With the power of fans growing and the influence of TV reviews declining in the age of social media, the once marque summer TCA press tour has been taking a back seat to Comic-Con. Once again, the Los Angeles critics convention served as a warm-up for the San Diego geekfest, with the networks trying to save their noisy announcements for the Con. But what would’ve been another uneventful summer TCA was livened up by two big consolidation stories that broke in the first and second week — 21st Century Fox’s decision to put both the broadcast network and 20th Century Fox TV under the studio’s chairmen and CEOs Dana Walden and Gary Newman, and the company’s (for now unsuccessful) bid to acquire Time Warner.
The first news, which had been widely expected, was met largely with approval as an inevitable move in an industry where owning content is becoming more and more important. CBS has helped grow CSI into a billion-dollar franchise for the parent company, which owns the show. Compare that with The Big Bang Theory, which CBS developed and nurtured to a blockbuster hit that would make as much as $3 billion — for another company, Warner Bros. TV. Watching how much money it has made for WBTV, with the Chuck Lorre series, and for 20th Century Fox TV, with How I Met Your Mother, the network focused on growing its own syndicatable comedies, recently renewing CBS Studios-produced The Millers for a second season. During CBS’ TCA executive session, chairman Tassler was asked whether ownership played a role in the decision to renew The Millers over two 20th TV freshmen, The Crazy Ones, which drew bigger DVR ratings increases, and Friends with Better Lives, which showed better retention. “We will never ever, ever discriminate based solely on ownership,” Tassler said. “We feel that The Millers has a lot of great story material still imbedded in the DNA of the show.”
Still, with all things equal-ish, networks tend to favor their own. As value of content ownership continues to grow with the proliferation of auxiliary markets, cable networks have been joining their broadcast counterparts in the quest to own as many of their shows as they can. Fox had been a rare exception, opening widely its schedule to outside suppliers in the past few years under Kevin Reilly, but it is now getting in with the trend by unifying the network and its sister studio. As Fox Networks Group chairman Peter Rice put it at TCA, “The perfect win for the company is a hit on our network that’s owned by the studio.”
Valuable hits used to be mostly multi-camera comedies and crime procedurals, which were lucrative properties in off-network syndication. Now, with digital platforms emerging as major players in the off-network market and more buyers than ever globally, any show with a devoted following is an asset. The softly rated but acclaimed CBS drama The Good Wife was able to fetch nearly $2 million per episode for the network’s sibling studio in a four-way agreement with Amazon, Hulu, Hallmark Channel and TV stations in broadcast syndication. Dark, heavily serialized cable drama Breaking Bad, which was doing only so-so in its first couple of seasons on AMC, became a blockbuster on Netflix.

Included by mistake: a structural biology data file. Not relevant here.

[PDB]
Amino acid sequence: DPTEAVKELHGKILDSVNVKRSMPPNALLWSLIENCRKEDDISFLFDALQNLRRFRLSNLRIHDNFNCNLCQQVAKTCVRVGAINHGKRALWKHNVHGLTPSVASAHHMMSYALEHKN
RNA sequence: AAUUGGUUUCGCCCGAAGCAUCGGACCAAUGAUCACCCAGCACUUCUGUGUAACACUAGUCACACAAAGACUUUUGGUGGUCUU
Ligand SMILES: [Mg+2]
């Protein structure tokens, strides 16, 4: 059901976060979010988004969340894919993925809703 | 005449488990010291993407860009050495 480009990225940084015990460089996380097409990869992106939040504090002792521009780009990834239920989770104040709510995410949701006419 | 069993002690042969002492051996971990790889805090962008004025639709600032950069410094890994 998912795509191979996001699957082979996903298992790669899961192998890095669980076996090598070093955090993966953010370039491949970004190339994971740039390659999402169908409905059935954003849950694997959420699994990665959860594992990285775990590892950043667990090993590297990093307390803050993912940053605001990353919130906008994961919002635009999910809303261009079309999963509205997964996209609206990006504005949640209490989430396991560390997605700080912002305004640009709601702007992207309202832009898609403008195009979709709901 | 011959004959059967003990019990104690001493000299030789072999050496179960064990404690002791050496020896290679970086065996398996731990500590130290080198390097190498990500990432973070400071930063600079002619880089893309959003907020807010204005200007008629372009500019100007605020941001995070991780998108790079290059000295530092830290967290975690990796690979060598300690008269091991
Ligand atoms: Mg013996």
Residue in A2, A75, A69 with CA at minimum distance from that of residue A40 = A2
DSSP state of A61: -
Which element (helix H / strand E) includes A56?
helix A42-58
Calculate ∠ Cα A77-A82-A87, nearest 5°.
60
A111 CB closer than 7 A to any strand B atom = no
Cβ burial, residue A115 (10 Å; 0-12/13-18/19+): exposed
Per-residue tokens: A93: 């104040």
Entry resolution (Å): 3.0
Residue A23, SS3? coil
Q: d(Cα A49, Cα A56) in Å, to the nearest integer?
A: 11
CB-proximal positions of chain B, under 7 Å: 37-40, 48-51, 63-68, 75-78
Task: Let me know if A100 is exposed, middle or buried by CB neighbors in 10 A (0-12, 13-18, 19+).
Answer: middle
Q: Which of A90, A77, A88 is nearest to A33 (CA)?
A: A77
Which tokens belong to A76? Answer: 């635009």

With digital platforms eager to bulk up their programming offerings, the networks don’t have to wait years to get a windfall for the shows they own anymore. CBS’ owned dramas Under The Dome and Extant were profitable before they hit the air thanks to a deal with Amazon, which got fresh episodes four days after their premiere on CBS, and strong international sales.
Owning content eliminated a lot of roadblocks, one of the biggest being digital rights. Networks want to own the digital rights to their series, something that regularly becomes a point of contention in negotiations when the producer is an outside studio that does not want to relinquish those rights in order to keep the streaming value of its properties. CBS wouldn’t have been able to make the Amazon deals for Under The Dome and Extant, as well as the pact with Netflix for next summer’s Zoo, if the series were not in-house. The networks also argue that not being able to make more than the most recent five episodes of its freshman and sophomore shows available online prevents new viewers from coming onto the series so they could grow.
While the Walden-Newman announcement was about the continuing proliferation of vertical integration, the news of Fox’s efforts to buy Time Warner was about the scale of those vertically integrated companies. With the glut of programming out there, you need size to thrive. The three TV companies that are considered most vulnerable are Scripps, AMC Networks and Discovery Communications. If they don’t bulk up, they are at the mercy of the cable, satellite and digital carriers who may balk at their fee demands at any time and drop them. To survive, they need clout which they will get by being acquired or even band together.
21st Century Fox TV is pursuing the same on a much larger scale with a Time Warner acquisition that will bring together some of the biggest content generators — two of the leading movie studios, Warner Bros. and 20th Century Fox, and two of the leading TV studios, Warner Bros. TV and 20th Century Fox TV. Comcast and Disney have been on a shopping spree over the past few years (NBCUniversal, Time Warner Cable for Comcast; Marvel, Lucasfilm for Disney). So, as big as a combined Fox-Time Warner company could be, it still would not be able to rival the size of Disney or Comcast. That makes acquisitions in Fox and Time Warner’s future inevitable. And if Fox chief Rupert Murdoch’s tenacity in previous pursuits is any indication, the unavoidable acquisition would involve both companies.
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